NIH – Limited Competition: Construction of a Reference Sequence Data Set for the Human Microbiome Project (U54)
Request For Applications (RFA) Number: RFA-RM-08-001
Release Date: November 21, 2007
Letters of Intent Receipt Date: April 22, 2008
Application Receipt Date: May 22, 2008
Peer Review Date(s): October/November, 2008
Council Review Date: January 2009
Earliest Anticipated Start Date: April 1, 2009
Expiration Date: May 23, 2008
Applicant information meeting: December 10, 2007 (see http://www.scgcorp.com/Microbiome)
-This RFA invites applications for a limited competition Request for Applications (RFA) for the continued support of sequencing efforts to complete the generation of a reference set of DNA sequence-based data for the Human Microbiome Project (HMP).
-The overall objective of this limited competition RFA is to support continued generation of sequenced microbial genomes isolated from the human body and exploration, through metagenomic sequencing, of the microbial flora at a set of designated anatomical sites of the human body.
-This limited competition RFA will use the U54 cooperative agreement mechanism to continue the effort of supporting human microbiome sequencing that was begun in FY07 through funds provided to NHGRI- and NIAID-funded large-scale sequencing centers.
-The total funds available for up to five awards are approximately $30,542,500 total costs for four years.
-Up to 5 awards are anticipated from this FOA.
-Public/State Controlled Institution of Higher Education; Private Institution of Higher Education; Nonprofit with 501(c)(3) IRS Status (Other than Institution of Higher Education); Nonprofit without 501(c)(3) IRS Status (Other than Institution of Higher Education); Small Business; For-Profit Organization (Other than Small Business); Eligible Agencies of the Federal Government.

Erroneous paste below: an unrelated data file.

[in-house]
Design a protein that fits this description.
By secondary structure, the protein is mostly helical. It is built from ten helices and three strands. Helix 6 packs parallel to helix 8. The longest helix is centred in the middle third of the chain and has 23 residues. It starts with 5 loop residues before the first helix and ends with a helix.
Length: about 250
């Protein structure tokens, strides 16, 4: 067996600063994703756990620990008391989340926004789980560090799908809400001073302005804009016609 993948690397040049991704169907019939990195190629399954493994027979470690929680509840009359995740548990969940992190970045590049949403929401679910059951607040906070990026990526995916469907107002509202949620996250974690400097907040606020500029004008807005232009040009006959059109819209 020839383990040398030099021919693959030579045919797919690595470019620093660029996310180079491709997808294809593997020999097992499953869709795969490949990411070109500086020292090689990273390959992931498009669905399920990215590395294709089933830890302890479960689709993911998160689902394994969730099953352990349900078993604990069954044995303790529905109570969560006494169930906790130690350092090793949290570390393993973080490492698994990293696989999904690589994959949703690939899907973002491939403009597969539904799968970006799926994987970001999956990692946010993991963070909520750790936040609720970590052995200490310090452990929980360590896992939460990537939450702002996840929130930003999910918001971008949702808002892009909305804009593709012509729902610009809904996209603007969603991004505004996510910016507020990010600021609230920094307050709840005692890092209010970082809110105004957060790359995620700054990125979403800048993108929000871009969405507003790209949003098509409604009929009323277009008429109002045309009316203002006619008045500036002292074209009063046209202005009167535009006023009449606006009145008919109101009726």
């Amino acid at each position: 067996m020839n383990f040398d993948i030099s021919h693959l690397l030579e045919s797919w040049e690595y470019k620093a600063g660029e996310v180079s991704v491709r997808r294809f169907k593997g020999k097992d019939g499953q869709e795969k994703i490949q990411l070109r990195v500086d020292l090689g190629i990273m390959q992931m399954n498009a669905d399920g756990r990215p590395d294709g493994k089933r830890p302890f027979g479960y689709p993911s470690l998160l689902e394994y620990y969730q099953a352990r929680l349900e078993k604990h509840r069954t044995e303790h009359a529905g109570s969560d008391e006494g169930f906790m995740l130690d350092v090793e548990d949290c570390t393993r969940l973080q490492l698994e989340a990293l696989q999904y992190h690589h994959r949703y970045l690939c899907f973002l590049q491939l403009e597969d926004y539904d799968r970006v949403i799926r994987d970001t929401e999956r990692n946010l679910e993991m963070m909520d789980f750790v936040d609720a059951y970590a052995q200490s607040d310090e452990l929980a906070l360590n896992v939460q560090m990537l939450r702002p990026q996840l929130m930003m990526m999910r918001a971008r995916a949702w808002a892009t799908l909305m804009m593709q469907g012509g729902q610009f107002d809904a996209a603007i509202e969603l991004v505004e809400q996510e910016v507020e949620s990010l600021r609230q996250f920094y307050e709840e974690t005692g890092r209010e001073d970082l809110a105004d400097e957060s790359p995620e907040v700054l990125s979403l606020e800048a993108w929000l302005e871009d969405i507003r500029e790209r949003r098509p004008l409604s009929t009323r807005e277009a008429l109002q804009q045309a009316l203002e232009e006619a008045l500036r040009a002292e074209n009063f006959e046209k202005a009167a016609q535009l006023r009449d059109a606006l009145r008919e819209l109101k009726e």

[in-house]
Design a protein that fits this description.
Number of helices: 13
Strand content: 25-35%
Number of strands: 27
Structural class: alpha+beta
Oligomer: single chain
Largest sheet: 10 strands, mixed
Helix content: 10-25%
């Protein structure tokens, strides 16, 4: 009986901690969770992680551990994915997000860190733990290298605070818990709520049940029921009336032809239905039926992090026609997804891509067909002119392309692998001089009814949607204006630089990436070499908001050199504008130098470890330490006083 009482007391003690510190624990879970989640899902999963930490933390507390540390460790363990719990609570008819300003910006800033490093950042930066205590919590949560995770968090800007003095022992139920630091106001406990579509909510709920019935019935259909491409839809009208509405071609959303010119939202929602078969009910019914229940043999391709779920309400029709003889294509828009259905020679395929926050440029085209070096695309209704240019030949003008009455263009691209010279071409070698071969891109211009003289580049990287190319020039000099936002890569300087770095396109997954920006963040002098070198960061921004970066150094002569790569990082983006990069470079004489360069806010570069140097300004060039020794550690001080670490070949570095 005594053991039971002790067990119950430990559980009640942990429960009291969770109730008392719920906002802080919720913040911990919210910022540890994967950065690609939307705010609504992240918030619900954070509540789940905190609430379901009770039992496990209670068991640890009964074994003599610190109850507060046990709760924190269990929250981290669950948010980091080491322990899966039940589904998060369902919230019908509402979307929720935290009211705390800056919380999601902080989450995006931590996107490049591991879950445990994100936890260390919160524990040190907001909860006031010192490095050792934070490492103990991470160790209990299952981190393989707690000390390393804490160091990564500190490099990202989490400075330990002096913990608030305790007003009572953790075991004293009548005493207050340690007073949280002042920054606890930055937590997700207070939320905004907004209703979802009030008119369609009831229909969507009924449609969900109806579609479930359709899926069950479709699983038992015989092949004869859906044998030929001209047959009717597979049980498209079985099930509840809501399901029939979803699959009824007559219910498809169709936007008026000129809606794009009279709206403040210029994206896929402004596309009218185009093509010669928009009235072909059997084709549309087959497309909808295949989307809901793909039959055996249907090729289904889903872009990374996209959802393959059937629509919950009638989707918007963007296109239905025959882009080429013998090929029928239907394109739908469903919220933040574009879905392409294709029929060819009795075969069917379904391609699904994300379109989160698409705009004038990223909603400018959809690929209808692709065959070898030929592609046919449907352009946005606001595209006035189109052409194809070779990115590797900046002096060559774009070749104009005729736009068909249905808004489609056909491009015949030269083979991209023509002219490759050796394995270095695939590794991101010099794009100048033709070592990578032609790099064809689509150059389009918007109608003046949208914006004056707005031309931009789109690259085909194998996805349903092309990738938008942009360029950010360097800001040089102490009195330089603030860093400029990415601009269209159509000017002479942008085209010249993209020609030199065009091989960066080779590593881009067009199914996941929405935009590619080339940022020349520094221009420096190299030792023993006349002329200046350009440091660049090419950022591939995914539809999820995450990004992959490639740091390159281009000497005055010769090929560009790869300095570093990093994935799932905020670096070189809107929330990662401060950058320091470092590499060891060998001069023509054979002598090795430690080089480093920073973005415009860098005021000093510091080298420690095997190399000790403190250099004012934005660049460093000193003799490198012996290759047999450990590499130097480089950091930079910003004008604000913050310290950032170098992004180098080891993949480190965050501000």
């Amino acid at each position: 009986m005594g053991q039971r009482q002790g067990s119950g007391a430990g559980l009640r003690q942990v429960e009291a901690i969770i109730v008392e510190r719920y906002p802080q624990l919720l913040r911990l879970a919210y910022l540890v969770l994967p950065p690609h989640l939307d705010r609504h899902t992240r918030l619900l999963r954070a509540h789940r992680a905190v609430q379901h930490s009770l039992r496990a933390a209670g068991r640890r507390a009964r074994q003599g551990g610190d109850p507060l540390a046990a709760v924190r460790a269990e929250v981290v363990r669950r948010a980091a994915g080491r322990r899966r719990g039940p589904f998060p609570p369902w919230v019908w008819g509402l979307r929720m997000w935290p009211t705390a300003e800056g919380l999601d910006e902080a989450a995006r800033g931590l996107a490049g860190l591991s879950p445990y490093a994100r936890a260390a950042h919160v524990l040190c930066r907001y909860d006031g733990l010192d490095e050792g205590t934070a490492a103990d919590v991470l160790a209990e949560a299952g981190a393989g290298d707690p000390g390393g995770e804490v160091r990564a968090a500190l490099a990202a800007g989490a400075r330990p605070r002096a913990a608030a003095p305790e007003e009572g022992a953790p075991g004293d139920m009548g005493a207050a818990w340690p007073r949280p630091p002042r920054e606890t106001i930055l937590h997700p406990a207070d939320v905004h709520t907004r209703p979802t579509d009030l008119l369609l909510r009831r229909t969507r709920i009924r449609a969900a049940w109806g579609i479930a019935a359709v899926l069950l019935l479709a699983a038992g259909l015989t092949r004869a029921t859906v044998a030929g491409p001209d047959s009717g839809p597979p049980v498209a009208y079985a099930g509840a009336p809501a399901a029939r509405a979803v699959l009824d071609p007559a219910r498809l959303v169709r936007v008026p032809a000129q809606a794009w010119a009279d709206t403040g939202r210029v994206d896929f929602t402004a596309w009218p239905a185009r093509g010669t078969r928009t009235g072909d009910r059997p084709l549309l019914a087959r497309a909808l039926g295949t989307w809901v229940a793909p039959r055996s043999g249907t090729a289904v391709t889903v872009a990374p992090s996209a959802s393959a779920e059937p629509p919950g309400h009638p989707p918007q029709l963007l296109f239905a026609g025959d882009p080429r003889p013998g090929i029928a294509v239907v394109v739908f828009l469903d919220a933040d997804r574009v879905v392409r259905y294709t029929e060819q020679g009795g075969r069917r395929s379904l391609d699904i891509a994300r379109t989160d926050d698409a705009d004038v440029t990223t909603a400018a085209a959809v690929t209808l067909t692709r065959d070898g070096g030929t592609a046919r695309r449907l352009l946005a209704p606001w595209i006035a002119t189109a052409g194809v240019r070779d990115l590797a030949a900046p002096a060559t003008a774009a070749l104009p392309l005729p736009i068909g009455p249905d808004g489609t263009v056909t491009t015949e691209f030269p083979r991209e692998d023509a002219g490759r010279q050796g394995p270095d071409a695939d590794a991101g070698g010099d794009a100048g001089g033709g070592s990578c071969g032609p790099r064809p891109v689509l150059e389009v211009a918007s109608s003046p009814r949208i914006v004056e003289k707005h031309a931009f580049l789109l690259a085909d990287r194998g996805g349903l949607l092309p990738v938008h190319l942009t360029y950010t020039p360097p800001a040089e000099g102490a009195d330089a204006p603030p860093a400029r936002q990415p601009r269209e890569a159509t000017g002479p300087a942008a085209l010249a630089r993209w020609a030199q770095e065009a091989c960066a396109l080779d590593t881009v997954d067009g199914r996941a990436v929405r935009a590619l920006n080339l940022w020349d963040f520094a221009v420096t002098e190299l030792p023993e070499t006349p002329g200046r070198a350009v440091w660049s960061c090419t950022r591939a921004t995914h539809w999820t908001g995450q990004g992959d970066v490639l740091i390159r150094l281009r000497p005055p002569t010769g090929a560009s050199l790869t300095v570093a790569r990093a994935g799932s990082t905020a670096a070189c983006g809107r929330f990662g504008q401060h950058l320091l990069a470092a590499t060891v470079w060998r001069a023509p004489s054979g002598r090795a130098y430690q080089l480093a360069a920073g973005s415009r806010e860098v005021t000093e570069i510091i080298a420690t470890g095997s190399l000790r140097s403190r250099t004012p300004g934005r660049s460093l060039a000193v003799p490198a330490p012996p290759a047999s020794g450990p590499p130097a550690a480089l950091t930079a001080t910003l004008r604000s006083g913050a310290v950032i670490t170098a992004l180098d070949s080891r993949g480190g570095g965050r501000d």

-Only NHGRI and NIAID awardees of large-scale sequencing centers (both extramural and intramural; e.g. those Institutions currently funded under RFA-06-001) are invited to apply.
-Eligible principal investigators include the current principal investigator and/or any other designated/approved individual(s) with the skills, knowledge, and resources necessary to carry out the proposed research.
-See Section IV.1 for application materials.
-Telecommunications for the hearing impaired is available at: TTY 301-451-0088.
-Special Receipt Date May 22, 2008
microRNA in Human Disease and Development
miRNA as Diagnostic Biomarkers and Targets for Therapeutic Development
Brought to you by Cambridge Healthtech Institute
March 10-11, 2008
Royal Senesta Boston Hotel
Register by December 14th and Save up to $350
FEATURED TOPICS INCLUDE:
microRNA Mechanism of Action
Role of microRNA in Oncology, Cardiology and Stem Cells
Tools and Technologies for microRNA Analysis
microRNA as Diagnostic Biomarkers
microRNA as Targets for Therapeutic Development
Coordinate Gene Regulation during Hematopoiesis Is Related to Genomic Organization